Toronto Blue Jays catcher Caleb Joseph’s chances of playing on the big league roster improved
Baseball is finally back!!! Yesterday, the players agreed to the health and safety protocols set out by MLB which was the final hurdle from Rob Manfred unilaterally implementing a 60 game season.
With a shortened season, it’s the right time to experiment with new rules. This will allow the game to test out some tweaks to determine what should be done with baseball going forward. Rule changes are being implemented in all different aspects which include roster structure, schedule, on-field issues, and other things that make up the game of baseball.
In regards to the roster, the season will start out with 30 players on the major league roster. Once the season has been going on for two weeks, two players will have to be left of the team to make it 28 and once a month passes, another two players will be removed from the roster to get to the original roster size of 26.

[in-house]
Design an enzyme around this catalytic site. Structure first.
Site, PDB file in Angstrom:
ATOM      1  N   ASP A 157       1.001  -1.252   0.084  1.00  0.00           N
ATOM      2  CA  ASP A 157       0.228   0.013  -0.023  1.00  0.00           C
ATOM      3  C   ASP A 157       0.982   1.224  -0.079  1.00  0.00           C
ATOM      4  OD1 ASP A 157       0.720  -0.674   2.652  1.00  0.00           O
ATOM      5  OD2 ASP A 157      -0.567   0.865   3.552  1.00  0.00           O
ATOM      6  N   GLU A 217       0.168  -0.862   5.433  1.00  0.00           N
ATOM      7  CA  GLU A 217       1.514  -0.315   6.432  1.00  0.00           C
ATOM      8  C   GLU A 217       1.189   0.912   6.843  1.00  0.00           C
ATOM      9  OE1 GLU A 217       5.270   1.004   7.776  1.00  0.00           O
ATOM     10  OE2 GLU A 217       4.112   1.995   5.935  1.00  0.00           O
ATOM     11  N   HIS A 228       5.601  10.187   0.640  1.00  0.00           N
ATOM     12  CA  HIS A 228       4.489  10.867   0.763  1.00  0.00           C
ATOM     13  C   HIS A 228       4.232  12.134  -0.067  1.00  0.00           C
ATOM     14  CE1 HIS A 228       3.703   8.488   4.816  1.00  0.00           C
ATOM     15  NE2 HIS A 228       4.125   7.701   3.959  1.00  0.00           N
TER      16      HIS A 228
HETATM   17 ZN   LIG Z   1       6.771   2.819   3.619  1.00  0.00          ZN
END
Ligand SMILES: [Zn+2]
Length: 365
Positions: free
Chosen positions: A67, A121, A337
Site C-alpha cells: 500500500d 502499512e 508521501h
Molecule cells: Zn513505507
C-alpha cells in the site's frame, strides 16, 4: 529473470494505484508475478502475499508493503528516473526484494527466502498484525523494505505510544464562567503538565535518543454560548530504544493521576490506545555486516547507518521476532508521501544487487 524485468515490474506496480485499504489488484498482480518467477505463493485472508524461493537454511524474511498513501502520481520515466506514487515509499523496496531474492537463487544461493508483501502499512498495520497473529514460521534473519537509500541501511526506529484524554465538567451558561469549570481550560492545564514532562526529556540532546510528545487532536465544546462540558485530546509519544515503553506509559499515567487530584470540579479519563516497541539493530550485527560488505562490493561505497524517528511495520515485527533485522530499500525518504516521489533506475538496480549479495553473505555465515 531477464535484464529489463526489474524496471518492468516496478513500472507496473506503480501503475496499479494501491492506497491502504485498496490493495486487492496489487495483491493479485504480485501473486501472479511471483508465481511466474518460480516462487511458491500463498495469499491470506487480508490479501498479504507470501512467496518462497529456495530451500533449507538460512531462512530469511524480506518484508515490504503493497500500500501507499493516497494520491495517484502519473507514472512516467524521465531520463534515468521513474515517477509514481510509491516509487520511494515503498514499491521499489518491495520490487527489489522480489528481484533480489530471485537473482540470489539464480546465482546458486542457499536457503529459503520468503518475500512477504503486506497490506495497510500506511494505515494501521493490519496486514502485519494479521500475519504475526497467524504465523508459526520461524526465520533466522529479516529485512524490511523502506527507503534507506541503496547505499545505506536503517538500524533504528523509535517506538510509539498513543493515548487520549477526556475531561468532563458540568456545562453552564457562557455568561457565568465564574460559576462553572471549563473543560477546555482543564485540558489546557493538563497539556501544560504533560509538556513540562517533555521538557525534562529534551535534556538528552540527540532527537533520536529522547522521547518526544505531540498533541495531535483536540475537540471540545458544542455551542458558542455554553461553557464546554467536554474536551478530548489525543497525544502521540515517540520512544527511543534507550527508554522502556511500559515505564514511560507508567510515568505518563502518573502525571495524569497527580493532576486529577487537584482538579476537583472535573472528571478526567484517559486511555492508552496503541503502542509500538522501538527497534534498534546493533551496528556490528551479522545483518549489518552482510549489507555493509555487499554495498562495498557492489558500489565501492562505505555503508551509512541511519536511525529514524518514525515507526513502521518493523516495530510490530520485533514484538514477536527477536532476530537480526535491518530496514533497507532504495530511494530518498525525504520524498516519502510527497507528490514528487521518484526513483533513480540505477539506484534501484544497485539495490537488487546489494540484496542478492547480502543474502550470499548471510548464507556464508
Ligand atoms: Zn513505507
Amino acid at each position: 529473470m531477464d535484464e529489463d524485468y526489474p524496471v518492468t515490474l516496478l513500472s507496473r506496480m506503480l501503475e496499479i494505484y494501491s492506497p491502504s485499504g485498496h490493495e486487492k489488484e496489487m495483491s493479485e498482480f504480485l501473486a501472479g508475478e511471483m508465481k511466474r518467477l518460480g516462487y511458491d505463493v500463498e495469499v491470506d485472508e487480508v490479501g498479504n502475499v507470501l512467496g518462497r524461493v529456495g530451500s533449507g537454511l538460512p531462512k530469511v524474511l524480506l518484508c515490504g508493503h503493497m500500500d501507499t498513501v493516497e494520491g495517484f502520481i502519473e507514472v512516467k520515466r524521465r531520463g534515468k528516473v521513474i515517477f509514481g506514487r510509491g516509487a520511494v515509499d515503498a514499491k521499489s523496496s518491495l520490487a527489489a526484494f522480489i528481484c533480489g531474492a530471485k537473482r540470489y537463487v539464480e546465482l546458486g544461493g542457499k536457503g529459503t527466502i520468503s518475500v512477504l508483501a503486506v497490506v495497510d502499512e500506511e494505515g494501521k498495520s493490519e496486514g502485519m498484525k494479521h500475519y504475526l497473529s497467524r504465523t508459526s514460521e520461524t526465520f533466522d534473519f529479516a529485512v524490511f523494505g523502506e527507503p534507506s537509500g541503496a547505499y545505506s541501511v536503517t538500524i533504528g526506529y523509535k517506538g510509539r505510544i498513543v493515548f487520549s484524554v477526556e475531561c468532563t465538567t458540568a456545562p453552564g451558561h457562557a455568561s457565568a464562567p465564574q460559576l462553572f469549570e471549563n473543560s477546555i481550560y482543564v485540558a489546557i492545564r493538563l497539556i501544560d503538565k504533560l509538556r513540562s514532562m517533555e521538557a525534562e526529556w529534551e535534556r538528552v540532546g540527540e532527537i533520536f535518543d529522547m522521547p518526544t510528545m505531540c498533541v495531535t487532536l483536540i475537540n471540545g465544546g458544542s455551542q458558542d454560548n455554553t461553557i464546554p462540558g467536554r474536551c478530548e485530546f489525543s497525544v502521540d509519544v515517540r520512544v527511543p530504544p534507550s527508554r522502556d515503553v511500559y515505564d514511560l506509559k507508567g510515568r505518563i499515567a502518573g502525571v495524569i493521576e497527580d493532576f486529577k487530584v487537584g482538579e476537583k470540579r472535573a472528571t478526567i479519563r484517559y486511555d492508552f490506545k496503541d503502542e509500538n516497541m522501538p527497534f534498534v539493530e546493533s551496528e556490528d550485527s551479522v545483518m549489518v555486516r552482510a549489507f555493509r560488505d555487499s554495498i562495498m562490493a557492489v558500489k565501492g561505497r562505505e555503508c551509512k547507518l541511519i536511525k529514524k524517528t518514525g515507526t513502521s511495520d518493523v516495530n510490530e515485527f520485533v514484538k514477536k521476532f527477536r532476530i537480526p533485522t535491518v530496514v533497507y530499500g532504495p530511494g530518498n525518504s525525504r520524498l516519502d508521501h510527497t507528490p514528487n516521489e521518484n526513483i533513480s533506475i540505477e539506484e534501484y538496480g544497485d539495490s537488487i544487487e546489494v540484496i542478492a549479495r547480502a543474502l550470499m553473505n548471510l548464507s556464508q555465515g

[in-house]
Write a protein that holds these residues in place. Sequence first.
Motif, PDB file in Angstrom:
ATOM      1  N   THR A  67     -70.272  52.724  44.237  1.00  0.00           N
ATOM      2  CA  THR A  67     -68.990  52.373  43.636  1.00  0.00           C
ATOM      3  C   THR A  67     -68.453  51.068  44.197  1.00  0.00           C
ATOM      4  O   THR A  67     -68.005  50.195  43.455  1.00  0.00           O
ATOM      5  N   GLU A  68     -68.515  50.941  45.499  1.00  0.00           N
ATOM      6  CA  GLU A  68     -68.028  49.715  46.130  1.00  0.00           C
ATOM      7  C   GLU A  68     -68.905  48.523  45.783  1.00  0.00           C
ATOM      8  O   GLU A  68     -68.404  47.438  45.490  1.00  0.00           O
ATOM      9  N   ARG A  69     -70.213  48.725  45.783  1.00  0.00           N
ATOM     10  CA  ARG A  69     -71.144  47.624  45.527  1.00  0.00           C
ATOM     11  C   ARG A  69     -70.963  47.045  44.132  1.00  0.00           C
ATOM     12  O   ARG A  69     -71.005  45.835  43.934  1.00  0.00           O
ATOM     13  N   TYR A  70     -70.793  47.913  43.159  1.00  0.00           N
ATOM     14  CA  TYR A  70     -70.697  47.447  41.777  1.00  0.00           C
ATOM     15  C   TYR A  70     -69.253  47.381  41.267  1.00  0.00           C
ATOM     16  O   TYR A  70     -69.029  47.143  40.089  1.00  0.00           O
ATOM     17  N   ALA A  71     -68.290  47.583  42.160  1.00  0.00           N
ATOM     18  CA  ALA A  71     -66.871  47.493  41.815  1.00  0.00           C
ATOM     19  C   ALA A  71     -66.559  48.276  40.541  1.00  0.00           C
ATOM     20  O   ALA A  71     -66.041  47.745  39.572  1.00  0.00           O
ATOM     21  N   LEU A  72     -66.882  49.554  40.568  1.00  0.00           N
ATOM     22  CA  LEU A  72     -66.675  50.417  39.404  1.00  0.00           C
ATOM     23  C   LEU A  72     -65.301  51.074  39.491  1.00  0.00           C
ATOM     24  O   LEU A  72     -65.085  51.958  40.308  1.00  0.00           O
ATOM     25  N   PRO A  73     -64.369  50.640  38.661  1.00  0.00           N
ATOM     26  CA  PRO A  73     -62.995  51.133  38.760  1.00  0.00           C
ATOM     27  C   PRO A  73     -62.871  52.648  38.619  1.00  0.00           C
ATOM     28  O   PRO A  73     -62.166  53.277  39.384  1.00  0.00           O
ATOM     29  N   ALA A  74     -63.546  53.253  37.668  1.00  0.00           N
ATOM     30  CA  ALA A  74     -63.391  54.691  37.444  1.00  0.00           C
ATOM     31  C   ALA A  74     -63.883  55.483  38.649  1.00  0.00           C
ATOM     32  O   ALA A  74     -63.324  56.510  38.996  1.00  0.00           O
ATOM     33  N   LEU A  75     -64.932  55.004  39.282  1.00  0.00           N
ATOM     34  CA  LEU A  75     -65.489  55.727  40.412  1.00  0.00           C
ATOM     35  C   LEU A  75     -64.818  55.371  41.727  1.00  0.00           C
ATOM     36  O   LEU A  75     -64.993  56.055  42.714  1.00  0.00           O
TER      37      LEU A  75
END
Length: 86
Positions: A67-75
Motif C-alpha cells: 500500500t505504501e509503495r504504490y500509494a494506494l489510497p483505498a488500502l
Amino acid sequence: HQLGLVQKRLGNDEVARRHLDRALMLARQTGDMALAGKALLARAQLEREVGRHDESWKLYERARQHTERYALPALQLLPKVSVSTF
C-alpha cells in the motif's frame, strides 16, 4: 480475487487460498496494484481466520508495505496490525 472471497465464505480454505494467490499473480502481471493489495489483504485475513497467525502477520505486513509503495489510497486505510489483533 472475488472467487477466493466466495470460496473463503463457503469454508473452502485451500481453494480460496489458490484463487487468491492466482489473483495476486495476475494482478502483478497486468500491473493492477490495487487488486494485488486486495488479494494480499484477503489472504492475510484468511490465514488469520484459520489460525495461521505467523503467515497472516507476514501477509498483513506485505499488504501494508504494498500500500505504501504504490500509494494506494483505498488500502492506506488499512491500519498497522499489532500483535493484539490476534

One perk that MLB has implemented for the shortened season is that on road trips, teams are allowed to carry three taxi squad players. If teams decide to bring a taxi squad, one of the three players has to be a catcher. Caleb Joseph must be a happy man.
In the offseason, the Blue Jays signed Joseph as catching depth who would be the Jays catcher at AAA Buffalo and would be called up to the big leagues in case one of Danny Jansen or Reese McGuire go down with an injury.
Joseph was a needed signing as the Jays didn’t have a major league calibre catcher if something happened to Jansen or McGuire. While the Jays notably have strong organizational catching depth which includes four catchers ranked as top 30 prospects, none of them would be ready to play at the major league level if needed to be.
With no minor league season in 2020, Joseph was in danger of not playing ball this year but the taxi squad rule gives him a good chance to see himself in a Jays uniform.
Joseph is a career .223/.270/.350 hitter. In 2016, he entrenched himself in the record books by not getting a single RBI that season.